1. In thinking of the time, moreover, there are certain differences which rise into notice. Some things recur again and again as we travel down the years. Whitsun-week comes in its season, and with it the annual gatherings -- its early prayer-meeting, its business, its sermons, and brotherly communion. The names of places as it moves from year to year -- such as are with us this day -- Clipstone, Kettering, Northampton, Olney, return upon us; but beyond these matters, how little else remains the same! What changes have swept over society leaving the broad marks of their progress! What an altered world is round about us! Some of these towns have grown, and are no more like themselves; the old inhabitants have gone out of them into the grave; there is such an air of novelty cast over the whole, that our fathers now walking the streets and entering the chapels where there [their] forms were once familiar as nightly stars, would be as strangers, "alike unknowing and unknown." In other respects, gratifying changes have occurred within and outside ourselves. The little one has become many, the churches have multiplied, and the gospel has spread widely over our country. In numbers, means, and state, Nonconformity has greatly improved, and risen to a more commanding position. Chains which our fathers wore have been struck off from our limbs, and a larger freedom spreads around us. Some evils against which they fought well -- the Test and Corporation Acts, the Slave-trade and Slavery -- have passed away; and now, in this day of ampler light, of altered social condition and greater power, we hold a freer, more open and prosperous life. "The Lord hath done great things for us, whereof we are glad."
2. In the review of our past history we mark also the men who figured in it. Very many of these were obscure at the time, and are now nothing better than a name; nay, not even that. Two or three of the founders, many of the preachers, messengers who pray and take part in the proceedings, have left little else to perpetuate their memory. Here, as far as we know, is the only slight trace of their having ever been upon the earth: a bare mention in these records, like the naked name upon the gravestone, if hungry time has not eaten even that away! No echo of their voice or step lingers in the world. Yet they were once living parts of this society. The few prominent men did not make up the Association: there was a goodly multitude behind them like the less distinguishable figures in the back-ground of a picture where some few appear bold and outstanding in the front. But death has blotted them out, and "cut off their remembrance from the earth."
God, however, has conferred honour upon this Association in that it has had some illustrious names connected with it. Stars of the first magnitude have shone in our sky. Men have been identified with us who, for native intellect, for gifts and culture, for force and beauty of character, for their spiritual loftiness and noble works, have earned a fame which is not only our delight but the glory of the Christian Church and a part of our country's wealth. The names of Carey and Fuller, of the Halls and the Rylands, and others -- our fathers, are heard beyond our borders, and are such as their children rejoice in, and "the world will not willingly let die." Here, in their day, they lived; and then, as we now, so in holy assembly they met. Here Carey, grand in simplicity, came burdened with the divine thought which was working in him, and which was to become the contagious thought of the church. Here Fuller, with his masculine, massive intellect, held the congregation fixed by his strong thought, or subdued them by his solemn pathos. Here Pearce, the seraph of the company, poured out his tender soul. Here the fire of the elder Ryland blazed, and the affectionate earnestness of his son overflowed. Here Sutcliffe, grave and wise, instructed them by his pious sagacity; and here Hall followed his venerated father, not "with unequal steps"1 but with a mind rounded and brilliant as a star, inspired and inspiring, rapt in his theme, and speaking "as with the tongue or angels," charmed the assembled people with his eloquence. Verily, "great men have been among us."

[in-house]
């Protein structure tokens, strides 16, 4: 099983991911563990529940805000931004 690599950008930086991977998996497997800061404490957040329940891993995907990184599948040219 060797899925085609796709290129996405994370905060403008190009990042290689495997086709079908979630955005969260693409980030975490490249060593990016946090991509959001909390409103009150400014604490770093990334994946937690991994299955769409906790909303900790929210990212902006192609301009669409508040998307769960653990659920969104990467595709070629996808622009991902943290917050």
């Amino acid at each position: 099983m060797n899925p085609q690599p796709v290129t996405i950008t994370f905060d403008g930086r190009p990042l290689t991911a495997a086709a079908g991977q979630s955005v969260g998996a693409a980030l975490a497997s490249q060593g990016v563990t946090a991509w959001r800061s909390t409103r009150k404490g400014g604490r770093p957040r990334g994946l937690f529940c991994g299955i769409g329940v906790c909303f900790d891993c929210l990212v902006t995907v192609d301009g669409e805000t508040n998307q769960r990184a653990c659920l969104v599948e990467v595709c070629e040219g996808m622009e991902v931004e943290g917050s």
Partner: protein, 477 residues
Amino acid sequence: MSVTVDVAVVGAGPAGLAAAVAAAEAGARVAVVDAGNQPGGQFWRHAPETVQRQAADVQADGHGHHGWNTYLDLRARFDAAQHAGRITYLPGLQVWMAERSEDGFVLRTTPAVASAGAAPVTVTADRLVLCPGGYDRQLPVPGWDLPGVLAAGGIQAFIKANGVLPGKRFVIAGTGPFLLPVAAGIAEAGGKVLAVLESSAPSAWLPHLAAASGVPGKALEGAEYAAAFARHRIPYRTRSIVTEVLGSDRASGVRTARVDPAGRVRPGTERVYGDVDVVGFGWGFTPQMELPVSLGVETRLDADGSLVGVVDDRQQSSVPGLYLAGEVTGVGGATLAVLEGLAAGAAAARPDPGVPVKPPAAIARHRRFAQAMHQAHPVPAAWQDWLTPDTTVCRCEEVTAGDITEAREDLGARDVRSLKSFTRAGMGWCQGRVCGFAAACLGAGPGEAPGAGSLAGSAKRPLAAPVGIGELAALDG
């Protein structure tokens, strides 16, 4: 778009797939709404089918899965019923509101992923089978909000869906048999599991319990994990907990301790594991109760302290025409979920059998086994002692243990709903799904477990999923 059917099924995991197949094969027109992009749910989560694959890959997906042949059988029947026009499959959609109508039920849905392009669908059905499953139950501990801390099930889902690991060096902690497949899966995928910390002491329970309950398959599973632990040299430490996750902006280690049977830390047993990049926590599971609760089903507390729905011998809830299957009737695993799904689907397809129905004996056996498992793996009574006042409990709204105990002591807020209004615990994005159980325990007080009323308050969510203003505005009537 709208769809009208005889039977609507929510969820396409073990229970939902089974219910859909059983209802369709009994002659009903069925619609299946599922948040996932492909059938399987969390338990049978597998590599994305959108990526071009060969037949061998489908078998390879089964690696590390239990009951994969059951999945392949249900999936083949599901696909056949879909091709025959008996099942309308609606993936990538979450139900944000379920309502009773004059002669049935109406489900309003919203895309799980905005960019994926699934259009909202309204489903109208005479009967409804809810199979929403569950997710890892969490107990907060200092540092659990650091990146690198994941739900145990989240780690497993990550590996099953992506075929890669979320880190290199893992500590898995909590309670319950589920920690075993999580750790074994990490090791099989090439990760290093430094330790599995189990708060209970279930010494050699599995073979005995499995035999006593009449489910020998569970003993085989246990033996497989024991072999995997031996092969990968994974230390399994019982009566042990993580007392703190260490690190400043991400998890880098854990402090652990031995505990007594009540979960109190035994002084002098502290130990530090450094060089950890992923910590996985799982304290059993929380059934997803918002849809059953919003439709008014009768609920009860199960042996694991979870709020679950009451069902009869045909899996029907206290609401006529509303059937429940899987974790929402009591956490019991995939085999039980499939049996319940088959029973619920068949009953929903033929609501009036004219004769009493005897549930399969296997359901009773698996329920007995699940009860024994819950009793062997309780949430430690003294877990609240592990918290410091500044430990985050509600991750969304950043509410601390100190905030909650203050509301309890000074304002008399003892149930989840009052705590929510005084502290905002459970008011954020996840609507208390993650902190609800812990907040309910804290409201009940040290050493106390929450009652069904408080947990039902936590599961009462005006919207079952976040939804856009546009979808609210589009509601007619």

But with all the differences, and whether the men were chiefs or subordinates, there are some things common to them all which now meet our eye as we look back. One holy light is in these stars of differing magnitudes. Great and small are alike consecrated to Christ. He who in heaven is in the midst of the throne, and gathers its many people about himself, is the centre of this earthly group. The eyes of all are upon Him -- all fall down at His feet -- all bring their offerings unto Him: these their greater things, "gold, frankincense, and myrrh," talent, learning, eloquence; and these their less costly, but not less sincere and welcome gifts. For their warm devotion unto Him, far more than for their mental distinctions -- for their spirituality, their fast attachment to "the truth as it is in Jesus," their courageous adherence to their principles "on evil days though fallen" -- for their interest in one another, and wide sympathy with mankind, their manly patience under the wrongs and indignities of the time -- for the charm of their piety which made them dear to their Master in heaven, we hold their memories sacred. "By it the elders obtained a good report." "The beauty of the Lord our God" gleams upon them all; and we feel, as we gaze upon them, that, though many, they are one body -- one fellowship in Christ.